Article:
Luckily, the field of dentistry has made serious progress since Dr. Roxarzade was a student. Over the past decade, research has confirmed his observations on the link between the mouth and the rest of the body: “So, I’ve always had an eye for the oral-systemic connection, and I understood it really well, but obviously the research and data wasn’t there. This research and data are really coming in the last 7-10 years. It is undeniable now; there is a ton of research that is showing that what’s happening in your periodontal condition, your mouth, has a direct impact into the rest of your body. We’re learning more and more every day.”
Speaking about how many serious diseases are linked with inadequate oral hygiene, Dr. Roxarzade explained to us: “The same bacteria that we find in gum disease, for example, sometimes we find it in cardiovascular disease or kidney disease.” In a study published in the Journal of Pharmacy and BioAllied Sciences, a research team pointed out the link between chronic inflammatory periodontal disease and systemic health conditions, such as coronary heart disease. The research team focused on how the C-reactive protein (CRP), when associated with periodontitis, increases chronic heart disease risk.
The discoveries went even deeper than the general health’s physical aspect. Dr. Roxarzade explained to us how similar bacteria can develop both periodontitis and dementia. “What happens is that we will find the same biomarkers that are in periodontal disease, for example, or some of the same bugs I should call them, we find some of the same bugs in, for example, I’ll give you dementia. A British study in 2012 found that older adults with poor dental hygiene were 76% more likely to develop dementia. And, in 2013, a study found that it’s called Porphyromonas Gingivalis. P. Gingivalis is a bacteria that is associated with gum disease, they found that bacteria in the brain of people with dementia.”
To sum things up, scientists found a link between periodontitis and a myriad of diseases, such as dementia, heart problems, dry mouth, diabetes, osteoporosis, and nighttime reflux. Unfortunately, these health issues can go as far as affecting a fetus in their mother’s womb: “We know when our female patients are pregnant, they can actually have more birth defects on premature births if they have periodontal disease,” Dr. Roxarzade tells us.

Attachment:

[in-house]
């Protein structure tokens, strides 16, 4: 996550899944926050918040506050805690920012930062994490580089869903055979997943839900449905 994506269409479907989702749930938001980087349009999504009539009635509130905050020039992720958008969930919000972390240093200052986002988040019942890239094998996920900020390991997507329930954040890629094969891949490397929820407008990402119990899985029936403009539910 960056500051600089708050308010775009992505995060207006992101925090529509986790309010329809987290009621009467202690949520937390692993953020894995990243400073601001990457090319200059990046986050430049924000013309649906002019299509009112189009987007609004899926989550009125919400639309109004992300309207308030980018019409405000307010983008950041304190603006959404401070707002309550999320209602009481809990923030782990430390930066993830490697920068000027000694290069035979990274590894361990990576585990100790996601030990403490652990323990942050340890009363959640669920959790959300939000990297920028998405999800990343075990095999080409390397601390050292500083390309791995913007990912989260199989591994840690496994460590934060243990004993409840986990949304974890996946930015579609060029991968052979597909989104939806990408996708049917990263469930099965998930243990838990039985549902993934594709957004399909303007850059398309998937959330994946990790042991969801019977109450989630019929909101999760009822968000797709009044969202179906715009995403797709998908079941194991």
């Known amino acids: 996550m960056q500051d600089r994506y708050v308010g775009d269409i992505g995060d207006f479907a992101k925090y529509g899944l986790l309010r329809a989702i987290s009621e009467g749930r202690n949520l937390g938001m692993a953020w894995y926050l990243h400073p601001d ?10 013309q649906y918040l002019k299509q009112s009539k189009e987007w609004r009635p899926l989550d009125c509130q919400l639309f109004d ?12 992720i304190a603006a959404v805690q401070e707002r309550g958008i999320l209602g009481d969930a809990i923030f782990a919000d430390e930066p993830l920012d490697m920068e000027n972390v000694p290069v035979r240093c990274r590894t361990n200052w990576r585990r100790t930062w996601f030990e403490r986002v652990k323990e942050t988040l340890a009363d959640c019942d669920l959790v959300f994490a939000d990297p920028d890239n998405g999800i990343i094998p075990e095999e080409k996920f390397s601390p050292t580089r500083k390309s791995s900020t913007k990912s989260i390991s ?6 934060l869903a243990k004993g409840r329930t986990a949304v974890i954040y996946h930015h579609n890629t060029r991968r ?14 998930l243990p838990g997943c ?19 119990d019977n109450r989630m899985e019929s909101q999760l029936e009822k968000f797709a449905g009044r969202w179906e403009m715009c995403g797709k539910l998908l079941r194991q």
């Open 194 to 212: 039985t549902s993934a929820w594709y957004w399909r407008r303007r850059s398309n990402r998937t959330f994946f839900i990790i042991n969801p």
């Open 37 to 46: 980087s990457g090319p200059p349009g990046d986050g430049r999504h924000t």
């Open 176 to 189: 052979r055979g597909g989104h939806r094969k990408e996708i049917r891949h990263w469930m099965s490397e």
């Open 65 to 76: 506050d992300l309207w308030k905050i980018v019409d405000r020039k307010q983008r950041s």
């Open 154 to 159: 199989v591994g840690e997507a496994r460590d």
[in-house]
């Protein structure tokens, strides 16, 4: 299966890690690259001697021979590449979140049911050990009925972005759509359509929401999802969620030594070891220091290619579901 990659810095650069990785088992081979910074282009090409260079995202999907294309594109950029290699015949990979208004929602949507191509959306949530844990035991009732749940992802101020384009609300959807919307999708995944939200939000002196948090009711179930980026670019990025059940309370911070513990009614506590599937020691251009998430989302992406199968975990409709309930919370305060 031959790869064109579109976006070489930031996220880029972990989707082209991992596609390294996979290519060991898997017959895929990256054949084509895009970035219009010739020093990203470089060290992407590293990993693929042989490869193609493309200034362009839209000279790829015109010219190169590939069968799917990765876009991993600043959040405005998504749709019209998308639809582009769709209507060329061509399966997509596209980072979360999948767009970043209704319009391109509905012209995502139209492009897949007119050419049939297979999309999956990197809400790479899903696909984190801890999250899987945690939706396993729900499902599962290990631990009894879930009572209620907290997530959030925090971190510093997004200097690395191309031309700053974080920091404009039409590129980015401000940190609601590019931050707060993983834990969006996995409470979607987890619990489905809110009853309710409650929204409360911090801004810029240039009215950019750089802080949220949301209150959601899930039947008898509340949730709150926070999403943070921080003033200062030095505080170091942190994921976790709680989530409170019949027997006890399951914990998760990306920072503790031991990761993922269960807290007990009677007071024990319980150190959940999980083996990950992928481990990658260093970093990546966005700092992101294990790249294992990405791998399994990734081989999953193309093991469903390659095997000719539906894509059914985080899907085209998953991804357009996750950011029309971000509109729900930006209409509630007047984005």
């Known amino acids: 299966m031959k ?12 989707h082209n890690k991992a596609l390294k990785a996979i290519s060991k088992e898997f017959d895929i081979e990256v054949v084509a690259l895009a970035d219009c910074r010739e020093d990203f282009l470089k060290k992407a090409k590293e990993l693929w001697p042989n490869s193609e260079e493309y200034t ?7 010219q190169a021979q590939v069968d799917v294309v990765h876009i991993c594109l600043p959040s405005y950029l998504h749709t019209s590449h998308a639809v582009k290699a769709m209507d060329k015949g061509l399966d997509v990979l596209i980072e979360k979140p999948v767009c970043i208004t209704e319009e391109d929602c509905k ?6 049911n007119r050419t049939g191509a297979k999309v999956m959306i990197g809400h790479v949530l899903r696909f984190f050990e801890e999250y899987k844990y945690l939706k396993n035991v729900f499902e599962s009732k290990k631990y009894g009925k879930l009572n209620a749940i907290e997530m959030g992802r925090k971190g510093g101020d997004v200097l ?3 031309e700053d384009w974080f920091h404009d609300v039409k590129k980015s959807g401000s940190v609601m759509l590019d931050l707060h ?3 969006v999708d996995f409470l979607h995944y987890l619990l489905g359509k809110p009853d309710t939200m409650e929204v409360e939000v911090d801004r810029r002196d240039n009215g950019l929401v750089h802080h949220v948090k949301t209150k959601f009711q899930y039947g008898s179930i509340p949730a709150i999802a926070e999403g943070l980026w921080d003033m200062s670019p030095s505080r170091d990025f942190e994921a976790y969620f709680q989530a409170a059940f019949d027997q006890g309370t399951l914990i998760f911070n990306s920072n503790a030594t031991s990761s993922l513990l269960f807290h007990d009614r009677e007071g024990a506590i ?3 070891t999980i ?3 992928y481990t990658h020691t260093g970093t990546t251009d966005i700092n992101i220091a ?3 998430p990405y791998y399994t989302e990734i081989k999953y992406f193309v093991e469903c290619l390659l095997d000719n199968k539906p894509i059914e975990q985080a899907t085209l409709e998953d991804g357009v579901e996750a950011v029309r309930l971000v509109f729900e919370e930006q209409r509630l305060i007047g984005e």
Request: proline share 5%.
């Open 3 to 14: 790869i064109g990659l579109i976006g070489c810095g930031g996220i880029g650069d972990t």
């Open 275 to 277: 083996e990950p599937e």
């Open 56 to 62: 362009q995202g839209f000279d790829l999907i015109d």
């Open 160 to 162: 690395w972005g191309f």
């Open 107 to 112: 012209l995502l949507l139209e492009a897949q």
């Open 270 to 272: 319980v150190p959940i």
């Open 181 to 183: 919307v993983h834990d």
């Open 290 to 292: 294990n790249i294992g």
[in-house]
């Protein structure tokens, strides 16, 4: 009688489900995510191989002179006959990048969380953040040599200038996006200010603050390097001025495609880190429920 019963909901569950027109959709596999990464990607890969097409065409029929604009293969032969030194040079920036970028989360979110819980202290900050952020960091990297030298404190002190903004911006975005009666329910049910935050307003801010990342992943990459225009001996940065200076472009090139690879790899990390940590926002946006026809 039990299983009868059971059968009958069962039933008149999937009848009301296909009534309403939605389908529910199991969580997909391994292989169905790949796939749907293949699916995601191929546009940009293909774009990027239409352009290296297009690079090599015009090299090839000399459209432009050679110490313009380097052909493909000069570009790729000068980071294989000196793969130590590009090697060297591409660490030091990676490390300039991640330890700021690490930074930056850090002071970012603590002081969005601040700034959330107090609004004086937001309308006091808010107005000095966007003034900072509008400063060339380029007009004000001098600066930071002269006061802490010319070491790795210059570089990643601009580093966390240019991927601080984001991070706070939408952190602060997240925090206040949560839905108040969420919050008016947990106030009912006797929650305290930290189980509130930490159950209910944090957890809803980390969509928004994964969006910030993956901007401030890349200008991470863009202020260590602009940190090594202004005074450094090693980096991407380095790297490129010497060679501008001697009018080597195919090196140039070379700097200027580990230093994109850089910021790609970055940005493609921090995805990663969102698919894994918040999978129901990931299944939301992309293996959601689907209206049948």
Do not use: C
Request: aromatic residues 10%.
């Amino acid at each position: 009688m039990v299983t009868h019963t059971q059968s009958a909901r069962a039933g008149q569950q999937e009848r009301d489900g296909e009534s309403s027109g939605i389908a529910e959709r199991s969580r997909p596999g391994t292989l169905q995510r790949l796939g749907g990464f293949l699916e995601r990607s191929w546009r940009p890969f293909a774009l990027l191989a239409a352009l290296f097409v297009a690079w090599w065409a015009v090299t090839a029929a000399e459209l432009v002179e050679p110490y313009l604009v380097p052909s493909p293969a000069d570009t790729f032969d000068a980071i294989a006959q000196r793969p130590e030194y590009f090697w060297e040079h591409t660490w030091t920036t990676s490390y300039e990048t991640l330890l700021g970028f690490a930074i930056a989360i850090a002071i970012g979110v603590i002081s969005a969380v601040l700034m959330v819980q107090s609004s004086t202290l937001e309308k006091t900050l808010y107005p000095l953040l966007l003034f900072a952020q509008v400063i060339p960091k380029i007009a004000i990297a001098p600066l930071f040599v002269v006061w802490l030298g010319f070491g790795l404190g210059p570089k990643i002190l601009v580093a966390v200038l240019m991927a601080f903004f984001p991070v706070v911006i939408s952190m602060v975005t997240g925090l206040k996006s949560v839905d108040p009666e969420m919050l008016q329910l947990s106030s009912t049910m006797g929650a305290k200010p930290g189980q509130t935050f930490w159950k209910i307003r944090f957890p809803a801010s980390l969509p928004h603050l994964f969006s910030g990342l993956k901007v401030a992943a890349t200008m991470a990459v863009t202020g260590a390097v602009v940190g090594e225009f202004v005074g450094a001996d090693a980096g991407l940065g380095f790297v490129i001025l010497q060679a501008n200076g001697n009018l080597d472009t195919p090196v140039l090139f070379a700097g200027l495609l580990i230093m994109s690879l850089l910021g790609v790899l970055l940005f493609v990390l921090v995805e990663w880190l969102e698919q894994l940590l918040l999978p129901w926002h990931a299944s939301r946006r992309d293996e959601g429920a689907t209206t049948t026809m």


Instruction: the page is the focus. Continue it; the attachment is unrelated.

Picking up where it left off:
Therefore, how do we go about preventing these diseases in the first place? As he made it abundantly clear from the beginning, the answer lies in turning towards preventative dentistry and better patient education. The medical field’s latest discoveries point out that routine dental check-ups are the secret behind revealing health conditions in their incipient state.
In a study published by the American Heart Association, researchers concluded that patients who received adequate oral hygiene showed a 24% lower risk of cardiac arrest and a 13% lower risk of stroke than patients with bad oral hygiene did. Another study showed how patients who do not visit general health care providers regularly but do pay visits to the dentist have an increased chance of uncovering diseases in different phases than other patients.
It is time to enjoy the endless possibilities of technological advances and look towards preventative medicine, Dr. Roxarzade believes. With the indisputable link between the mouth and the rest of the body, it is safe to say that further research in the preventative dentistry field, coupled with strong, well-coordinated awareness campaigns, can bring more patients to the dentist’s office. We hope that Dr. Roxarzade’s dream of making people see that the dentist’s mission is about oral hygiene and general health as a whole will come to life.